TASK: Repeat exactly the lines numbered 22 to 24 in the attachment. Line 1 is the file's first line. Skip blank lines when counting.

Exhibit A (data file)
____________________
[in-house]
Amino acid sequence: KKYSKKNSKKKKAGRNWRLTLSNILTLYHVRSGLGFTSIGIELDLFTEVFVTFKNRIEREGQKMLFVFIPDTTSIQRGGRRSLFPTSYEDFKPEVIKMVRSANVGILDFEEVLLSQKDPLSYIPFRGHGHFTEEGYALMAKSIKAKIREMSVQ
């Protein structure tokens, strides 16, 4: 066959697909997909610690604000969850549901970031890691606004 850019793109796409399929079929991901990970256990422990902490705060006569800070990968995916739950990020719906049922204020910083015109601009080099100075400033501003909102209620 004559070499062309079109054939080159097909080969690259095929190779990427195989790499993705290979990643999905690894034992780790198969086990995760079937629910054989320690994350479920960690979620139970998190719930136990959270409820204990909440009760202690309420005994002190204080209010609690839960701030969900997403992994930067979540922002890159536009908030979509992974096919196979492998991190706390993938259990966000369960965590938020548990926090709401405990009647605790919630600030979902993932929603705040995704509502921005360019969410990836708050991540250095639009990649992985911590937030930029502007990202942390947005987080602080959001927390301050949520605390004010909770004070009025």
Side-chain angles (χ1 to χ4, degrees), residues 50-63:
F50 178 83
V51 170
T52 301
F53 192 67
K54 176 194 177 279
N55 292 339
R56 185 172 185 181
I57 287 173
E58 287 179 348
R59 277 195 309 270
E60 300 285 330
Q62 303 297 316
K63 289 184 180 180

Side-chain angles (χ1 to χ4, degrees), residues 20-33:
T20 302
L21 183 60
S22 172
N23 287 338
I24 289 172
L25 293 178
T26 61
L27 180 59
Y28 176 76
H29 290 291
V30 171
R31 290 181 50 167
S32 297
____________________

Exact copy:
N23 287 338
I24 289 172
L25 293 178